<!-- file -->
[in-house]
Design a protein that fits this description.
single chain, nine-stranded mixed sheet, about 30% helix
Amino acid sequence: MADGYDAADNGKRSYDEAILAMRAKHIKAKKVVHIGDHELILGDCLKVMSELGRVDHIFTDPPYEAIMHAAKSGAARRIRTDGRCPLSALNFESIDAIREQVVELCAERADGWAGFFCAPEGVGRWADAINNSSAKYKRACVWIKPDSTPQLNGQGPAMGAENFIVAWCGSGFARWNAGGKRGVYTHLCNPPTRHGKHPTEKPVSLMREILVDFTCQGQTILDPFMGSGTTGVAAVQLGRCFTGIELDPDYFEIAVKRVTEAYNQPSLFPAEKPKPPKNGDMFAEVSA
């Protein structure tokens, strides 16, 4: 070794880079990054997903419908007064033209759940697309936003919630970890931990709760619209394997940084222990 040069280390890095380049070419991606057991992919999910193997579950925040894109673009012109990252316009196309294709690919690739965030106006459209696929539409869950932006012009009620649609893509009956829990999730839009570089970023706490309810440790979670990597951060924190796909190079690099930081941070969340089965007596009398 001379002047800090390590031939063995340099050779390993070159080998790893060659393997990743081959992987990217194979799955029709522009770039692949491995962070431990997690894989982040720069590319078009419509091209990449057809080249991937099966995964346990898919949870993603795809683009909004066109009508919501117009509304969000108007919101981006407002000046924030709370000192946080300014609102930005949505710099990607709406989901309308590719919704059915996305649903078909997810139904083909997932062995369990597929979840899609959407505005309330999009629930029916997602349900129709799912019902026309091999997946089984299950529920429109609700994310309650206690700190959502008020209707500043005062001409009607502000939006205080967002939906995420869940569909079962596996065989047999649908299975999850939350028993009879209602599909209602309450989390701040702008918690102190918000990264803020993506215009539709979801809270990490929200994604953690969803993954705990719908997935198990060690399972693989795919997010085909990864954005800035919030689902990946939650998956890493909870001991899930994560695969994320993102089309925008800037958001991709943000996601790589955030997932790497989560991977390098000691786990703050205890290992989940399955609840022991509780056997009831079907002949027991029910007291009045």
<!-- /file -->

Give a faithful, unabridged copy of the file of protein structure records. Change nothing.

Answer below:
[in-house]
Design a protein that fits this description.
single chain, nine-stranded mixed sheet, about 30% helix
Amino acid sequence: MADGYDAADNGKRSYDEAILAMRAKHIKAKKVVHIGDHELILGDCLKVMSELGRVDHIFTDPPYEAIMHAAKSGAARRIRTDGRCPLSALNFESIDAIREQVVELCAERADGWAGFFCAPEGVGRWADAINNSSAKYKRACVWIKPDSTPQLNGQGPAMGAENFIVAWCGSGFARWNAGGKRGVYTHLCNPPTRHGKHPTEKPVSLMREILVDFTCQGQTILDPFMGSGTTGVAAVQLGRCFTGIELDPDYFEIAVKRVTEAYNQPSLFPAEKPKPPKNGDMFAEVSA
């Protein structure tokens, strides 16, 4: 070794880079990054997903419908007064033209759940697309936003919630970890931990709760619209394997940084222990 040069280390890095380049070419991606057991992919999910193997579950925040894109673009012109990252316009196309294709690919690739965030106006459209696929539409869950932006012009009620649609893509009956829990999730839009570089970023706490309810440790979670990597951060924190796909190079690099930081941070969340089965007596009398 001379002047800090390590031939063995340099050779390993070159080998790893060659393997990743081959992987990217194979799955029709522009770039692949491995962070431990997690894989982040720069590319078009419509091209990449057809080249991937099966995964346990898919949870993603795809683009909004066109009508919501117009509304969000108007919101981006407002000046924030709370000192946080300014609102930005949505710099990607709406989901309308590719919704059915996305649903078909997810139904083909997932062995369990597929979840899609959407505005309330999009629930029916997602349900129709799912019902026309091999997946089984299950529920429109609700994310309650206690700190959502008020209707500043005062001409009607502000939006205080967002939906995420869940569909079962596996065989047999649908299975999850939350028993009879209602599909209602309450989390701040702008918690102190918000990264803020993506215009539709979801809270990490929200994604953690969803993954705990719908997935198990060690399972693989795919997010085909990864954005800035919030689902990946939650998956890493909870001991899930994560695969994320993102089309925008800037958001991709943000996601790589955030997932790497989560991977390098000691786990703050205890290992989940399955609840022991509780056997009831079907002949027991029910007291009045």